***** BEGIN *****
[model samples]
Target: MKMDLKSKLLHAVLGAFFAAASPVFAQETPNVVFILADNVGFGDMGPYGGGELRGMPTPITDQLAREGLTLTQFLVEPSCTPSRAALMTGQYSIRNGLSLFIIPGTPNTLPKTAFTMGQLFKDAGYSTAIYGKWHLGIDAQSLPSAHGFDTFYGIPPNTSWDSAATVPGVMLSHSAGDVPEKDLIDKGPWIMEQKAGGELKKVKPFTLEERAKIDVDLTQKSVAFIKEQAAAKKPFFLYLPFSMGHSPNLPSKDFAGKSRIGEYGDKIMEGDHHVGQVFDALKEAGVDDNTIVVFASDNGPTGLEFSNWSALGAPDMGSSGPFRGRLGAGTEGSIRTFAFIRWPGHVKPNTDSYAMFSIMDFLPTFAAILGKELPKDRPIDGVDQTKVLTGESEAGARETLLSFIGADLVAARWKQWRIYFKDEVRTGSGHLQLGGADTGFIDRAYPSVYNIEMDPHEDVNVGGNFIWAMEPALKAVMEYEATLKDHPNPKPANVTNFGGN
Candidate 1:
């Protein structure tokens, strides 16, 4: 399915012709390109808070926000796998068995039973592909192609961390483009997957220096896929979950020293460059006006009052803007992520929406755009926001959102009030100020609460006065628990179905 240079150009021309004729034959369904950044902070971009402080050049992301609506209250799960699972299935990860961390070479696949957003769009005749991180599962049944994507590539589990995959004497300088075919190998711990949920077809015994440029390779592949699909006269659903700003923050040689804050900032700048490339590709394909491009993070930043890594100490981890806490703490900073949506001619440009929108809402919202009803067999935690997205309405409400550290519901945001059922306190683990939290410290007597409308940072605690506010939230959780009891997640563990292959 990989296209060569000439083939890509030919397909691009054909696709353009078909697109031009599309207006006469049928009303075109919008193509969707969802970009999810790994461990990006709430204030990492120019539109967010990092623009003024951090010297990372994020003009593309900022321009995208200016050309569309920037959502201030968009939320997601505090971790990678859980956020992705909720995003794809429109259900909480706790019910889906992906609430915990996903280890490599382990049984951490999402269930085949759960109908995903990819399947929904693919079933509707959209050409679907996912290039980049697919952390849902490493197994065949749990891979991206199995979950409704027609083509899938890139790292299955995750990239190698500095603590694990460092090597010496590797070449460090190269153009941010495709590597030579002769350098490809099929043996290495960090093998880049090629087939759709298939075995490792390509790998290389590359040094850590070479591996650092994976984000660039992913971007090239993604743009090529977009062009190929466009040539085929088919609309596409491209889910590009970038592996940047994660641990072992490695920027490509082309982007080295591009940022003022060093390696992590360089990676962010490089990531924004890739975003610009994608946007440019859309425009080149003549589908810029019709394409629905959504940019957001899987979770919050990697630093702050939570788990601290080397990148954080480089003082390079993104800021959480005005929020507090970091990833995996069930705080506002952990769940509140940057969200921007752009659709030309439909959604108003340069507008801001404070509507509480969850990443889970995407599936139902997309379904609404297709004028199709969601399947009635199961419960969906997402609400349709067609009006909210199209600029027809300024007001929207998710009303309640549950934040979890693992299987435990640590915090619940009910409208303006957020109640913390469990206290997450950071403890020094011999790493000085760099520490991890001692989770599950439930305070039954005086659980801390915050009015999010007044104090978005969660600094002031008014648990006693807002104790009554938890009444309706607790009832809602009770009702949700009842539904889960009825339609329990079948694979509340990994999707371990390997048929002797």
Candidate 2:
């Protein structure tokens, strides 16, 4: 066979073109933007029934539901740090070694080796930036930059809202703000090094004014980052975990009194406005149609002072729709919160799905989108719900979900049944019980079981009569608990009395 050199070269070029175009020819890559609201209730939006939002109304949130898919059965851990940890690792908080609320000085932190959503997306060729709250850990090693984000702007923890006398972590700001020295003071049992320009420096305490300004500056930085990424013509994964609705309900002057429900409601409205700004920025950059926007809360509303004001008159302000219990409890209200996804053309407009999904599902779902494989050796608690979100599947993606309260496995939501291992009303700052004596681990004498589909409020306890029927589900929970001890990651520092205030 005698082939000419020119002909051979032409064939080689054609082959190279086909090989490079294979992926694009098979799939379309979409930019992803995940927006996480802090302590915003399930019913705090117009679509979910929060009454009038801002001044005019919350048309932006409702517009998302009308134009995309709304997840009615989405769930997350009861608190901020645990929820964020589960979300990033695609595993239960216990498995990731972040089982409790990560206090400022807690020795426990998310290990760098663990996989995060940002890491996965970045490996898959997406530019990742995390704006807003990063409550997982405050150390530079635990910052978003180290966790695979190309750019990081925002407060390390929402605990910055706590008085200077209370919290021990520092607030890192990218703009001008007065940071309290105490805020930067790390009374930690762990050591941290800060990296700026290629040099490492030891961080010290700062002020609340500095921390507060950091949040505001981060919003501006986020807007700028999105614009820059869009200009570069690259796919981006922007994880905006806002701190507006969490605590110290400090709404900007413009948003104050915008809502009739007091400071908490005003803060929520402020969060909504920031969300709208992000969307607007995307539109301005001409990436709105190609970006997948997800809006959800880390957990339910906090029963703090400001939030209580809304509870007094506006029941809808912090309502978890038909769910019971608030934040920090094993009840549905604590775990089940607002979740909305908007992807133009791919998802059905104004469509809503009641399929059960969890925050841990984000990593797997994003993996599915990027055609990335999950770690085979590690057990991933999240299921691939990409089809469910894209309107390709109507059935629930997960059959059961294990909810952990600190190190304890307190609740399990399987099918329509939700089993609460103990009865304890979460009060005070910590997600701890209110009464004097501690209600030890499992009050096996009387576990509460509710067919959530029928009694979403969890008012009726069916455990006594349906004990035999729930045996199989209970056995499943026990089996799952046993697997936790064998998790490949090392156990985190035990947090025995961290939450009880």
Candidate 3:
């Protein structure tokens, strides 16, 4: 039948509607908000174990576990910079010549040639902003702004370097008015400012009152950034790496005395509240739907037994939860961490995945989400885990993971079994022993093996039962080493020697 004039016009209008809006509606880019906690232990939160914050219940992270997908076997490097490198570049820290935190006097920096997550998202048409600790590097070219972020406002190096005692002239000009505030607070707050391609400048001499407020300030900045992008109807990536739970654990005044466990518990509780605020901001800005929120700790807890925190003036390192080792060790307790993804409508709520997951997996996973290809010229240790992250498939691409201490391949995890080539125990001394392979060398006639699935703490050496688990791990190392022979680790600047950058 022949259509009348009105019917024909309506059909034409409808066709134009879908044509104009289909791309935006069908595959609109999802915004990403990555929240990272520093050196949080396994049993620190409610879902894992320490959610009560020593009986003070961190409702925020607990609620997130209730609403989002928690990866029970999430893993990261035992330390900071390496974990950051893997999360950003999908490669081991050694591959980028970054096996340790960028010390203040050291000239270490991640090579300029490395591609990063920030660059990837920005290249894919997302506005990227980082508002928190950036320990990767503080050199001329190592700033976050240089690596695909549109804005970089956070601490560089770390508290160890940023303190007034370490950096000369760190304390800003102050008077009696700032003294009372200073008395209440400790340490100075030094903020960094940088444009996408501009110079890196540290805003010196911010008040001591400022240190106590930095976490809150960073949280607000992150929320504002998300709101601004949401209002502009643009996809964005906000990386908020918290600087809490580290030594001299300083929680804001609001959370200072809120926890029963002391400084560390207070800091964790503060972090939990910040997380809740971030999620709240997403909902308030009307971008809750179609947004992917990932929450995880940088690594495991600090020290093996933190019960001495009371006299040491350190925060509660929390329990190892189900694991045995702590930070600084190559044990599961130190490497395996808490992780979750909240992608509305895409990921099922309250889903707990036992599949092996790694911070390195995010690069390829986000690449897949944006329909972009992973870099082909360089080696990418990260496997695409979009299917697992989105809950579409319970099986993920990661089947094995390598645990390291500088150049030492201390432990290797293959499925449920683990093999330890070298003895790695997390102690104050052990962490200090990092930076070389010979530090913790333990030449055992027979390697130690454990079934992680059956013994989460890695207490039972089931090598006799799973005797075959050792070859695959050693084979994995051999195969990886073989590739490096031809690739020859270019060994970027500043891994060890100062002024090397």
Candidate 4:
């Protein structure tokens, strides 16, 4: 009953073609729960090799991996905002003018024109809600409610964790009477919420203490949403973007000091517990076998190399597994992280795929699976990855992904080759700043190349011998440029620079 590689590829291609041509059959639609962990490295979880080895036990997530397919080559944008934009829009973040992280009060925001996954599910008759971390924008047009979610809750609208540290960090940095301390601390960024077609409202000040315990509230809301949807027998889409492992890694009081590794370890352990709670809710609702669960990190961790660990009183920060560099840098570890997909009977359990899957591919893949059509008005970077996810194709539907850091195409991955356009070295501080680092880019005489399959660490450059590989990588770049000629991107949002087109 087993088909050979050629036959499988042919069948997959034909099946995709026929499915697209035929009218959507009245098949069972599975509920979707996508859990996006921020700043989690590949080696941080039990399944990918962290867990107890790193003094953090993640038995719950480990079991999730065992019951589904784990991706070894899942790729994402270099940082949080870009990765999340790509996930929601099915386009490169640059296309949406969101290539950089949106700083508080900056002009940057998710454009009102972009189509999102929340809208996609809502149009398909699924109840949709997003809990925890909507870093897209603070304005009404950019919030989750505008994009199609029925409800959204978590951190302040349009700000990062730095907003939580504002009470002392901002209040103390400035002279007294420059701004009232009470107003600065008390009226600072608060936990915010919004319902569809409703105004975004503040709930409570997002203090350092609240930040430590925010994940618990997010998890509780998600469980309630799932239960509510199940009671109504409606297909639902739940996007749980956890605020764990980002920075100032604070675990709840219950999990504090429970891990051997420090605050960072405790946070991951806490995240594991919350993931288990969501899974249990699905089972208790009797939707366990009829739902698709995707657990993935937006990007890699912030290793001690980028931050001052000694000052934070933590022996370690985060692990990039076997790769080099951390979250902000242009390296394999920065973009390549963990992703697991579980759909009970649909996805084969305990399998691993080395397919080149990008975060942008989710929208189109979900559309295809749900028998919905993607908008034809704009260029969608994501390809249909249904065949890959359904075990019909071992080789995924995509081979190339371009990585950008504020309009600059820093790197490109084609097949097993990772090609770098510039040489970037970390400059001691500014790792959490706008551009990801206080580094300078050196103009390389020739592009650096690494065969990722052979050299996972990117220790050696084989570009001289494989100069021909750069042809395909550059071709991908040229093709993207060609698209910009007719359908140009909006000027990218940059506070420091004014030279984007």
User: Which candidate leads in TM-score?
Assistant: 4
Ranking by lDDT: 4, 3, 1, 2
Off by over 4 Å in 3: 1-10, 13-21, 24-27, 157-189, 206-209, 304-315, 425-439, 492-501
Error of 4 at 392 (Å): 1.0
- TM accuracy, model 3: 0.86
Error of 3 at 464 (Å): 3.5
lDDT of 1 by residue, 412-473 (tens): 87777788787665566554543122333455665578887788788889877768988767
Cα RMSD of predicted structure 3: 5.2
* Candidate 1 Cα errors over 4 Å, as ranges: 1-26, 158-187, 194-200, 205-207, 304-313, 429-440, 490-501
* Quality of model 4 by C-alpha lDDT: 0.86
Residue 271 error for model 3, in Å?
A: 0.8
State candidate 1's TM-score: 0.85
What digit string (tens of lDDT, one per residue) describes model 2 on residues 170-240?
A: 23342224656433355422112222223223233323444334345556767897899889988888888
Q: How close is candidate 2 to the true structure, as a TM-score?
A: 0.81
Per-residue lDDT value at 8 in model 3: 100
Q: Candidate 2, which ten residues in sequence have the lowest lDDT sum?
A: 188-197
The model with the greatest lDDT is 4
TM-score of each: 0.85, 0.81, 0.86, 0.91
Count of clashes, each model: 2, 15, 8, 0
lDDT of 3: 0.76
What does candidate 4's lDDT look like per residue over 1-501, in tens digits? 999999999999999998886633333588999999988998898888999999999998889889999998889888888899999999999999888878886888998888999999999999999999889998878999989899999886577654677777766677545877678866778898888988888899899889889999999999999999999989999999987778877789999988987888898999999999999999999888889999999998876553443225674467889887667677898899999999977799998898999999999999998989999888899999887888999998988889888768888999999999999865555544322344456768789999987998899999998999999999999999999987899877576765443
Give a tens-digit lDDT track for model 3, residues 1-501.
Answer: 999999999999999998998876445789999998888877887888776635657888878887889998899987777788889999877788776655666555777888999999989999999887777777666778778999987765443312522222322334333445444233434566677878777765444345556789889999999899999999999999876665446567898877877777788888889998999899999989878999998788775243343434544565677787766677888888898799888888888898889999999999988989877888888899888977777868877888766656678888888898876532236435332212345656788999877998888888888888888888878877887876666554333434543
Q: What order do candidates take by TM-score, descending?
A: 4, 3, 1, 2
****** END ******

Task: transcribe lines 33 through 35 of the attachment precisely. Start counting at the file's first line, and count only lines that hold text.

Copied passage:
TM-score of each: 0.85, 0.81, 0.86, 0.91
Count of clashes, each model: 2, 15, 8, 0
lDDT of 3: 0.76